As for the scope of knowledge, it is infinite. There is no end to knowledge as there is no end to Allah’s Lordship and Godship and the Holy Prophet’s Messengership. Knowledge has enveloped the entire creation. One strives according to one’s potential and when he strikes the climax he gets amazed and this feeling can be expressed only through observing silence.

Definition

Morphologically the Arabic word ilm (علم) has been derived from ain (ع), lam (ل) and mim (م) that means to know:

ٱلْعِلْمُ إِدْرَاكُ الشَّيءِ بِحَقِيْقَتِهِ.

“Knowledge is the awareness of a thing with reference to its reality.”

So, knowledge is that theorem or proposition which consists in knowing an objective reality existent in externity. The word knowledge is applicable to that proposition which comprises subject and predicate with an objectively existent reality parallel to the one contained in the proposition. The subject and the predicate are the two terms of a proposition synthesized by means of copula, which is always some part of the verb “to be”. Moreover, a proposition is either true or false and the question of its truth or falsity is raised only when assertions are made about the objects. We can, therefore, say that every proposition cannot be called knowledge; only that proposition will be called knowledge which is wholesome and assertive and has sound validation with reference to reality on ground, external to proposition.

Elements of knowledge

This definition of knowledge leads us to the following four elements of knowledge:

  1. Observer
  2. Object
  3. Observing Capability
  4. Objectivity

Observer

A person who seeks knowledge or is eager to learn about some truth is called an observer. This is the distinction of man alone who is the best of all the creation of Allah Almighty (SWT). An observer is generally known as a student, the one who is all the time inquisitive to know something. Knowledge is an unfathomable ocean. No one can claim possession of the whole of knowledge. He who knows a bit of it is known as a scholar.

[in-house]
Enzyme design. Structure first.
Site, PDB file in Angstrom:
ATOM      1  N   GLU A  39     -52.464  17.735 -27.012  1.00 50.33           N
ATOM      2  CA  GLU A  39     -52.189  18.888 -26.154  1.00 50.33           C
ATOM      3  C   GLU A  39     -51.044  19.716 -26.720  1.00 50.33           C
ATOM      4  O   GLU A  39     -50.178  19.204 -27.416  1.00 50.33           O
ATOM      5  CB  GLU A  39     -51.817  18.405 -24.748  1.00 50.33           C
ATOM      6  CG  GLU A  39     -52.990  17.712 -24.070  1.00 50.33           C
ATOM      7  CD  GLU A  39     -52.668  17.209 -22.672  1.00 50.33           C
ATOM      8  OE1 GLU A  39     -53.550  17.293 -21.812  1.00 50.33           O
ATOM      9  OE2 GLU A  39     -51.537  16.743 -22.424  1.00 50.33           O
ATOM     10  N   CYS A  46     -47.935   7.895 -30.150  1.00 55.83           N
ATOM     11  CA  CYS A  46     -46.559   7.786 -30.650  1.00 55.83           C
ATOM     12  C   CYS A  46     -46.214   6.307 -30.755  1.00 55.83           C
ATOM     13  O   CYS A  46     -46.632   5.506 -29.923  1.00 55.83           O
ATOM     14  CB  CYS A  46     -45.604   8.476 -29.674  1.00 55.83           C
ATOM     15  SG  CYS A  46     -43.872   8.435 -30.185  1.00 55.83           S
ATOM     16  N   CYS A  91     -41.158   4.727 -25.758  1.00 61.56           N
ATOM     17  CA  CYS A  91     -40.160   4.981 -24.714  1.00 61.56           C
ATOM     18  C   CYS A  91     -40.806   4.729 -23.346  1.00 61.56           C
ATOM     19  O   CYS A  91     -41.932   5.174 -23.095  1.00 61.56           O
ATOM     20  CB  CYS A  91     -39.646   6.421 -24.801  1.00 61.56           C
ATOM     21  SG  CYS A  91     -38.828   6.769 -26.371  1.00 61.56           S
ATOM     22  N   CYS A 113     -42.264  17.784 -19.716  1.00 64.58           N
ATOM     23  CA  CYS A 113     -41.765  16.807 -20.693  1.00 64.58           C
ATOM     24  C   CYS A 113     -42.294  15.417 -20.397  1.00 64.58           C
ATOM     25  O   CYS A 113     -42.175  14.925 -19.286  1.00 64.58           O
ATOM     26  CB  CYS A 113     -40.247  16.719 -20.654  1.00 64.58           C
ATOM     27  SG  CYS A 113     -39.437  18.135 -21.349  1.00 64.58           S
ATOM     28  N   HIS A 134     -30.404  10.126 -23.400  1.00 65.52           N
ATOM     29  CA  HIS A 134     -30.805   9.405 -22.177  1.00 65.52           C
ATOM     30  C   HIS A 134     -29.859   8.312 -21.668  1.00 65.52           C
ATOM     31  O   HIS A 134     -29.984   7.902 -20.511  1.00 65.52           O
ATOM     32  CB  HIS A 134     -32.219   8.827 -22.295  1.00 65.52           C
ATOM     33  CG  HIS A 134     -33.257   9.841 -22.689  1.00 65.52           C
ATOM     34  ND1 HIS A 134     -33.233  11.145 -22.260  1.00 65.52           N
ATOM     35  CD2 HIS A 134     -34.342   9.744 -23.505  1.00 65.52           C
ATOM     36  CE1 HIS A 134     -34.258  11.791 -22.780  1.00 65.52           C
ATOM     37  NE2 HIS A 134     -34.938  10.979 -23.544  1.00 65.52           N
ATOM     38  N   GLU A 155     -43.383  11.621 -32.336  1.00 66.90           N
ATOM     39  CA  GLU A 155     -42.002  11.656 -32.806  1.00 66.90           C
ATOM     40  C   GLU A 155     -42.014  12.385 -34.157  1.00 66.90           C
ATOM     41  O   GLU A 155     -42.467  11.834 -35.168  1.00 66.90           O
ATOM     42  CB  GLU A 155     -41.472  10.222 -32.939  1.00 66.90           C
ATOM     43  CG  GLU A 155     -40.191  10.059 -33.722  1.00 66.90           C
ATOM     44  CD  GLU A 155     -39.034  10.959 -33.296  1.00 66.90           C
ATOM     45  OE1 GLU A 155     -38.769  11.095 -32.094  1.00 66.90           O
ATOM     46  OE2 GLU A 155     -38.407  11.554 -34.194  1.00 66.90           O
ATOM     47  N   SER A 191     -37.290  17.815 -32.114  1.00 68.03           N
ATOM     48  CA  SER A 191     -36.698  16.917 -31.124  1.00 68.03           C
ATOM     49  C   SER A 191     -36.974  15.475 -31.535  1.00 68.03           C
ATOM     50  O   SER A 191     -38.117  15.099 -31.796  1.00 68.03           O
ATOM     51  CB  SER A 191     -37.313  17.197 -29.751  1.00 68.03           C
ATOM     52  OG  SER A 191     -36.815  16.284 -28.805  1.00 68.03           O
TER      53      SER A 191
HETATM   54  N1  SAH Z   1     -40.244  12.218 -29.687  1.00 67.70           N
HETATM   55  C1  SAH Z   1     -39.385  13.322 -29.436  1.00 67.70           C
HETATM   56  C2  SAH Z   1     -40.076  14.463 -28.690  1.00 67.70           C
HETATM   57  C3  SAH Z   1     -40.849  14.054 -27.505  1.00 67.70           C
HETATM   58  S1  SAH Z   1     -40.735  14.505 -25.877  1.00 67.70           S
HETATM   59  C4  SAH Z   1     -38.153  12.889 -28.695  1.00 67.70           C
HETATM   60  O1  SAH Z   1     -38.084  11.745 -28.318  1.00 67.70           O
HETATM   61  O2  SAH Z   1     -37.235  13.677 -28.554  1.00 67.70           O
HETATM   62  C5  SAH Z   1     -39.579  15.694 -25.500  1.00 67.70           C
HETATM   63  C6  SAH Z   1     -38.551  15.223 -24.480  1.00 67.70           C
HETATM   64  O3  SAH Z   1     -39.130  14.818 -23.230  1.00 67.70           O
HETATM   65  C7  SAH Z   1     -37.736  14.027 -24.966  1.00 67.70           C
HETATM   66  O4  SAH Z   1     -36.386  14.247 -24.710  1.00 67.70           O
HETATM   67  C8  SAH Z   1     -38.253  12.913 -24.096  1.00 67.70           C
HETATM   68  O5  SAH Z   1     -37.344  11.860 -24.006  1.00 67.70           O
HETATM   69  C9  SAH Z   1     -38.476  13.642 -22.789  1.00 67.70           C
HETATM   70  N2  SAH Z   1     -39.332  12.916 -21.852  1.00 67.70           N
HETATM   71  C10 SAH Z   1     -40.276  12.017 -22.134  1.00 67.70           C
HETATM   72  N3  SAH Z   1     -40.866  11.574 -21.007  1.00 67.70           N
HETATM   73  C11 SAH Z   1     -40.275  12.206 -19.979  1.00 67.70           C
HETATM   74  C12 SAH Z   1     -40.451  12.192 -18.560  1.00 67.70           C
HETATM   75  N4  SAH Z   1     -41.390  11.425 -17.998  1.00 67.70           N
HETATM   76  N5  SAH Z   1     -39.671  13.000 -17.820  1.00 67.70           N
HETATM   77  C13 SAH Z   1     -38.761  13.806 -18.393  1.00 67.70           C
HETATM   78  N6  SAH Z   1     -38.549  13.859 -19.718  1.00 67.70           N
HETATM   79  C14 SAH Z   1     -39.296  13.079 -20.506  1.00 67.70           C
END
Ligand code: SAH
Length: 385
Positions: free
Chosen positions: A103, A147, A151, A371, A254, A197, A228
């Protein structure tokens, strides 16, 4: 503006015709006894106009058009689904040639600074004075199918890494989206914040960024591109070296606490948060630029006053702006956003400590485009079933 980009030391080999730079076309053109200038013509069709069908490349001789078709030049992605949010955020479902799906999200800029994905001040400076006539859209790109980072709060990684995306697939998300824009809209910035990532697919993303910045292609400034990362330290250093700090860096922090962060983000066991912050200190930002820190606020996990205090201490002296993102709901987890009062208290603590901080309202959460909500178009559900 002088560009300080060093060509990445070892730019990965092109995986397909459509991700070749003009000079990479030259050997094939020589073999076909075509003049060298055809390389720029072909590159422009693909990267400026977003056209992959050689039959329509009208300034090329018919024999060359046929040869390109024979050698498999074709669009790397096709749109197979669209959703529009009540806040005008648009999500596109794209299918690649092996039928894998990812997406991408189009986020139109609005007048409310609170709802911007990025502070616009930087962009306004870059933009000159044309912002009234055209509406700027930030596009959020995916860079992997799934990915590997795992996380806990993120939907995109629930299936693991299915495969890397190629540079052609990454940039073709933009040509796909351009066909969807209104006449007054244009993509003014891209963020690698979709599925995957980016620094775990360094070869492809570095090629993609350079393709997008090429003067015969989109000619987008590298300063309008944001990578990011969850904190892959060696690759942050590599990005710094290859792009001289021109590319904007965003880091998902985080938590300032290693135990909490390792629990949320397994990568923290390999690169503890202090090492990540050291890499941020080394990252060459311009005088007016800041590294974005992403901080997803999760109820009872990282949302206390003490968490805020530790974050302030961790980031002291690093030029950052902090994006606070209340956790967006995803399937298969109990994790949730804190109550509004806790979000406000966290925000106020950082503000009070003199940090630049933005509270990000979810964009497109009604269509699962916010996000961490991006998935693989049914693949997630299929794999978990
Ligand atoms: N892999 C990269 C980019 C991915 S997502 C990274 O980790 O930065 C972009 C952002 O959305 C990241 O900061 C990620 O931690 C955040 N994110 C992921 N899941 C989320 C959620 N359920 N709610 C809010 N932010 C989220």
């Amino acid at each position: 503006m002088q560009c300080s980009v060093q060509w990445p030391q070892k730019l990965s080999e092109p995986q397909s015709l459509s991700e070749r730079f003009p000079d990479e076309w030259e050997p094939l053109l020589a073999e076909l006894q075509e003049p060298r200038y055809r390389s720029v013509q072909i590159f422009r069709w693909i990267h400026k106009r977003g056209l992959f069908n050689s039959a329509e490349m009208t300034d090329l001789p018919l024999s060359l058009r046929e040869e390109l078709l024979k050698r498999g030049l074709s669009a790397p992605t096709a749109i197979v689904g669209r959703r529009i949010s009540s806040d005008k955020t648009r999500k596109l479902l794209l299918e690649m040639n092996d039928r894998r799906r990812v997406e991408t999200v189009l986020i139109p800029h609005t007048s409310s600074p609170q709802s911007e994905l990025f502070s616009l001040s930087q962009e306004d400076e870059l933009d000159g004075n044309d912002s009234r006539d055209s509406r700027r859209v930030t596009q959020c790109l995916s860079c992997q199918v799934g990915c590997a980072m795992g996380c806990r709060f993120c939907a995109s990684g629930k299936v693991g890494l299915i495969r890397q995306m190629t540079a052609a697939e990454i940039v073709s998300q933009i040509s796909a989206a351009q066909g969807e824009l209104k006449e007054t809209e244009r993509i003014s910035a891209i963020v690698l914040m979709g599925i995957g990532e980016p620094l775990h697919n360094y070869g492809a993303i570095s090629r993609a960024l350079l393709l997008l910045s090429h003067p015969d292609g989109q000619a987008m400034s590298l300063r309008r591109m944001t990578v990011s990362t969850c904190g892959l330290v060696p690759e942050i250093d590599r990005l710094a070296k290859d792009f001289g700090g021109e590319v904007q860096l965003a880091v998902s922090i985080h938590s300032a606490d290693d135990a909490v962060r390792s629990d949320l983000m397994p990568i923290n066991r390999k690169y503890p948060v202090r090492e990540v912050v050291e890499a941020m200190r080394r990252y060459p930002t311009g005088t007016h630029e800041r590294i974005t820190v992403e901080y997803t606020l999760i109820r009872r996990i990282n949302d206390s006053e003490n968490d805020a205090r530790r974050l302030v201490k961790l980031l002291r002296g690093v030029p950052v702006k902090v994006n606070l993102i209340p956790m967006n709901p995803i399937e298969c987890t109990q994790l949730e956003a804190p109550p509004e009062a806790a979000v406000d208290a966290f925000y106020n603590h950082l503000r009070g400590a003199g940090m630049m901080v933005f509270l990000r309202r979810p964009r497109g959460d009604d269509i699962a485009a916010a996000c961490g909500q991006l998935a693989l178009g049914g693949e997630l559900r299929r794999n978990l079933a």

Object

The thing that is being explored, sought for and known is called an object. It implies any reality concrete or abstract, whether employing senses or intellect. The entire creation that exists in the embrace of universe and its physical and metaphysical entities and truths, all are the objects of knowledge.

Observing capability

This is the third element of knowledge. This relates to the susceptibility and potential of an observer to know something. If the object is of sensory nature, the observer is required to possess sensory capability to observe, perceive and know the object through five senses. On the other hand if the object can be known through reason and intellect the observer needs to have intellectual capability without which objects of reason cannot be encompassed. Thirdly if the knowledge of an object cannot be acquired without ecstasy and intuition the observer has to first equip himself with this faculty. And over and above all is the capability of receiving revelation which is the attribute of the Prophets and the Messengers alone. This is beyond human capabilities and cannot be acquired; this is absolutely a divine capability which Allah (SWT) bestows only upon His chosen servants, the Prophets and the Messengers.

Objectivity